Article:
The Philosopher's Toolbox

Project updates for my collection of websites

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The Template Design Lab

Welcome to my template design lab -- a handy collection of web design resources, and my repository for template designs in progress. The templates listed below are development versions only, published for educational purposes. I retain the copyright. They may be used (in whole or in part) for non-commercial, non-profit use only, provided (i) that you retain the copyright notice and include an acknowledgement in your source code, and (ii) send me an email letting me know where they are being used (for my scrapbook!). Did I mention that commercial or for-profit use is not permitted? Good. You can never be too redundant.

Please Note: the templates listed below have not been properly tested. Use them at your own risk. If you find any bugs, etc., please let me know by email. But keep in mind that I don't provide technical support.

Project No. 1: Redesign the classic toolbox pages.
  • Here's the original.
  • Version 1.0: Forward compatible design. Converted the table-based layout to xhtml and css. This version floats the outside columns above the middle one.
  • Version 2.0: This version is basically the same as Version 1.0, except that he left column is given a fixed width to prevent overlap as extremely (ok, insanely) small window sizes.
  • Version 2.0b: Same as Version 2.0, except that all the links in the left column were made block level elements to remove the line breaks, and make the unstyled page a little more legible. Benefits: The unstyled page is a little more reader friendly.
  • Version 3.0: Forward compatible design. Converted the table-based layout to xhtml and css. This version uses two nested floats to produce the left and middle columns. Benefits: If you turn off style sheets the content will appear right under the title block; navigation and sidebars are pushed to the bottom of the page. This puts your main content front-and-center on pda's, screen reader's, etc.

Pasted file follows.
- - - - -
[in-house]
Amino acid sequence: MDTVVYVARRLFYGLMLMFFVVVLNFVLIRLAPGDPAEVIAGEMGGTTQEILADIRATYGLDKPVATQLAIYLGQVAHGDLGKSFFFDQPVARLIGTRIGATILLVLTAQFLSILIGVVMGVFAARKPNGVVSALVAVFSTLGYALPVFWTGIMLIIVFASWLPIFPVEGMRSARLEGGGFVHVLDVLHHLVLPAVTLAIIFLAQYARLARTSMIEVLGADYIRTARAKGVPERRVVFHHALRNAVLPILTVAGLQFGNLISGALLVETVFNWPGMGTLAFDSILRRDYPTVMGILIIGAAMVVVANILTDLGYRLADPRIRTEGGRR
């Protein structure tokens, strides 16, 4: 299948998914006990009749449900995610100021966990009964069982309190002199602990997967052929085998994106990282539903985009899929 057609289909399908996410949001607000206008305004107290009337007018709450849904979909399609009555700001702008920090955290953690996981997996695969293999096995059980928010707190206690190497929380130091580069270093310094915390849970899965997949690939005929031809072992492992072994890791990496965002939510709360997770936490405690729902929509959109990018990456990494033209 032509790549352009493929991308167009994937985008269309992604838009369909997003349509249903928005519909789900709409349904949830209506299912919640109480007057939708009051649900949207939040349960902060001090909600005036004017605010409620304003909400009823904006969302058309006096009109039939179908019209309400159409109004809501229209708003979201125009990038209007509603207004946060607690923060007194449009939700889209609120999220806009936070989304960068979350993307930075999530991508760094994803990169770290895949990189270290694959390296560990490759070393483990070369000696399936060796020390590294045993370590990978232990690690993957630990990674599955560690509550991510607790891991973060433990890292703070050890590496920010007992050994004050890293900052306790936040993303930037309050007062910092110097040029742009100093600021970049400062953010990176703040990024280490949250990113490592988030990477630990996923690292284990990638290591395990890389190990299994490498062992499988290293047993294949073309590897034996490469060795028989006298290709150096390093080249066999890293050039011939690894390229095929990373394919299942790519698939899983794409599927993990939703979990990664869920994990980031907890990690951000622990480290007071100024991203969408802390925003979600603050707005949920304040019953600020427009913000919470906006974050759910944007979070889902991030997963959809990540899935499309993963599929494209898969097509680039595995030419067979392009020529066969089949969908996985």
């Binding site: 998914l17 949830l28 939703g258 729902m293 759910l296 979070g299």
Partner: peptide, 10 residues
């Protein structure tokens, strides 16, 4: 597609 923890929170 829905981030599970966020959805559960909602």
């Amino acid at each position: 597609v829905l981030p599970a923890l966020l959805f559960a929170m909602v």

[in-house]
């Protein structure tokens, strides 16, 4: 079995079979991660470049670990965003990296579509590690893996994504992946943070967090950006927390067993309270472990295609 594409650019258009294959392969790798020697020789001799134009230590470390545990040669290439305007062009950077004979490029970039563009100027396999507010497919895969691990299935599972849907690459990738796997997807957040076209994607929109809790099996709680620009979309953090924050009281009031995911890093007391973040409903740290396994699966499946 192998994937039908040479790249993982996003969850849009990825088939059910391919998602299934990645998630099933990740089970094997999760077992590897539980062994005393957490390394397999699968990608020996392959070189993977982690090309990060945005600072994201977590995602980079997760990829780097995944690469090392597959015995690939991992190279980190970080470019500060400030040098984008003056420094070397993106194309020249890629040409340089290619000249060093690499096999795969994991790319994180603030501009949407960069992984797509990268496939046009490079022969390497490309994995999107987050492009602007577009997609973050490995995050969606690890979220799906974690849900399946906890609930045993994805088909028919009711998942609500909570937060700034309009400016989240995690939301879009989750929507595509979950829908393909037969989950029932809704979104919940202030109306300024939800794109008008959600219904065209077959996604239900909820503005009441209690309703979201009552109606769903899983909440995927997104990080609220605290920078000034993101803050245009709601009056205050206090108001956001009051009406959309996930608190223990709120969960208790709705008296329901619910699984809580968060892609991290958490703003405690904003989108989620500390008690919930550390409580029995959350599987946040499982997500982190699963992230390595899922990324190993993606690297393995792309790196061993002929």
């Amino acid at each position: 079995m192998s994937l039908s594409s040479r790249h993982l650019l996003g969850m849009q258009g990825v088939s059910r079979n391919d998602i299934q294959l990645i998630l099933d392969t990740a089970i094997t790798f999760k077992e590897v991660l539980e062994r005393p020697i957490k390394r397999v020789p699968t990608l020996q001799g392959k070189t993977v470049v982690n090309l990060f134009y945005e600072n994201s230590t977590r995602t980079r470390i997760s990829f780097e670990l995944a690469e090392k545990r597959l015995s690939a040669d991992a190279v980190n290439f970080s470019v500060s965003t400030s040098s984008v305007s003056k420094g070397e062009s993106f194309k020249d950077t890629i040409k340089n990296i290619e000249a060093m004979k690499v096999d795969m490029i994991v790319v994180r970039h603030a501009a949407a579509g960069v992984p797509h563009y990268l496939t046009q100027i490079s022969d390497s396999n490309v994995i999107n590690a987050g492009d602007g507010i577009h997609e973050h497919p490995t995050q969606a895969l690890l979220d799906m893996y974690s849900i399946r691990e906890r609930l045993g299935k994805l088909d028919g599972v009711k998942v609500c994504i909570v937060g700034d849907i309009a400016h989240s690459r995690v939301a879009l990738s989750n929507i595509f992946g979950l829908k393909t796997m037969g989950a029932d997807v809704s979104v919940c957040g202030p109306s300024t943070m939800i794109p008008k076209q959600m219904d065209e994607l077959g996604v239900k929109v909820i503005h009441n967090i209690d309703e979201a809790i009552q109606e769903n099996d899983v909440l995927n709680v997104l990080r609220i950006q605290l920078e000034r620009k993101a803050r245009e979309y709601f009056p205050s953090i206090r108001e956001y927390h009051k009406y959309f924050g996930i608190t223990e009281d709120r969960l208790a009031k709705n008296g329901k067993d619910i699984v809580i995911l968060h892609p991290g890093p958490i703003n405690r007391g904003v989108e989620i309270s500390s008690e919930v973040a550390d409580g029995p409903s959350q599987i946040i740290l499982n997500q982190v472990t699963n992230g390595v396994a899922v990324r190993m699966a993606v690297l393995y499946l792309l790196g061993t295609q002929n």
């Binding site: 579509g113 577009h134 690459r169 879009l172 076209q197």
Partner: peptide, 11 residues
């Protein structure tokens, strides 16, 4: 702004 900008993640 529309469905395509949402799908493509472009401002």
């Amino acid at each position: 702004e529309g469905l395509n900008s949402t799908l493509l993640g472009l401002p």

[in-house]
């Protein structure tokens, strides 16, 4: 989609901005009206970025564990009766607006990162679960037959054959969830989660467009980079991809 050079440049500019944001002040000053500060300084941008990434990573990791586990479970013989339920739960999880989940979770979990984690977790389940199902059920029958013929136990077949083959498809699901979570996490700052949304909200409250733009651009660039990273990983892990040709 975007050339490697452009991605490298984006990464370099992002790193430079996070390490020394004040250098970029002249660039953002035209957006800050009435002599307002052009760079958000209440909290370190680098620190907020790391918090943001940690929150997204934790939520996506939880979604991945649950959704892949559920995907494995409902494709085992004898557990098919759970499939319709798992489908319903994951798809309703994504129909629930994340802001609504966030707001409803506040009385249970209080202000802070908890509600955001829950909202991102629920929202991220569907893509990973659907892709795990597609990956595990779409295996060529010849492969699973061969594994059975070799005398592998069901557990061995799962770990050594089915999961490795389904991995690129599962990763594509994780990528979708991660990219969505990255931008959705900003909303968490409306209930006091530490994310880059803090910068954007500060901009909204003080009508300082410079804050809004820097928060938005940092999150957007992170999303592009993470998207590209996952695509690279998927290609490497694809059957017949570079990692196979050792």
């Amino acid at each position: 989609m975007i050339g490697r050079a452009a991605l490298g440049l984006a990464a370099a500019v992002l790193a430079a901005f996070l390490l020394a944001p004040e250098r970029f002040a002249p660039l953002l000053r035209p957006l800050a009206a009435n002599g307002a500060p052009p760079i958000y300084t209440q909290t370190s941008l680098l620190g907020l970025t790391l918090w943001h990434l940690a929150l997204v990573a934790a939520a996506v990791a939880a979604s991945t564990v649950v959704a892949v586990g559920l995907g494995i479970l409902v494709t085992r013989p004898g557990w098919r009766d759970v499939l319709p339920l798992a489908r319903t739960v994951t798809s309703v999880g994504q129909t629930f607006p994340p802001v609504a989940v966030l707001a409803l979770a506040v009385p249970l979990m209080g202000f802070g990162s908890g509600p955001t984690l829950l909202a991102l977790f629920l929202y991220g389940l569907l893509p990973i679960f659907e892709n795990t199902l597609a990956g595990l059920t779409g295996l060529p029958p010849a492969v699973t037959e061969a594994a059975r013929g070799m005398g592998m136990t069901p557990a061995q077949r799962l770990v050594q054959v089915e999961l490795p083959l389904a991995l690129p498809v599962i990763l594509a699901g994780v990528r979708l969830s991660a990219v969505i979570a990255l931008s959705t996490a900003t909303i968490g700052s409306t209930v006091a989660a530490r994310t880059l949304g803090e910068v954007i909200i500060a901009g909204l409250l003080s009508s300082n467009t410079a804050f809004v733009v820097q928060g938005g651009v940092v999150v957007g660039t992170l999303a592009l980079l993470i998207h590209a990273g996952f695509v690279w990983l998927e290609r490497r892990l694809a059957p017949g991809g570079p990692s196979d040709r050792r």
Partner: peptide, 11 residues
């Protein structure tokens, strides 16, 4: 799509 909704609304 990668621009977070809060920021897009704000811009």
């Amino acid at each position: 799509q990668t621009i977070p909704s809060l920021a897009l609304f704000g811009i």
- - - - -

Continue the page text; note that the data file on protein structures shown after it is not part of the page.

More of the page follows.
• Version 3.0b: Same as above except that the left sidebar is given a fixed width. This puts the navigation ahead of the middle column on the unstyled page. Benefits: Despite what Mark says, it sometimes makes sense to put some navigation elements before your main content. After all, navigation is there for a reason: to help you make sense of a site, move through it intelligently, and find what you want quickly. Even those who use screen readers and pda's need that. Perhaps they need it even more than others, since they may not have the advantage of other visual clues wise designers use to communicate with readers. In this version, if you turn off style sheets the site navigation appears, then the title bar, then the section and subsection navigation, then the main column, then the left side bar.
  • Version 5.0: This version uses float and absolute positioning to provide a layout which puts the primary content right after the title block on the unstyled page, while preserving the footer. Much simpler structure than in 3.0 and 3.0b. Works great, except in IE5.5 win, where it is a complete disaster.
  • Version 6.0: This version floats the left and middle column without nesting. Works in IE 5.1 Mac, Mozilla 1.1 Mac, Netscape 6.2 Win, IE5 5/6 Win.
  • Version 7.0: This is the final version. Structural html and css. The page content is divided according to importance into primary, seocndary and tertiary. The source is set out as follows: site navigation, title, section navigation, primary, secondary and tertiary content (including subsection navigation), and footer. The primary content (the middle column) floats left, with a wide left margin into which the tertiary content (the left column) is placed by means of position: absolute. The secondary content (the right column) belongs to the normal flow. (It's what the middle column floats over).

© Copyright 2003 Kevin Dancy. Click here to send an email to the editor of this weblog.
Last update: 5/29/03; 3:22:57 AM.

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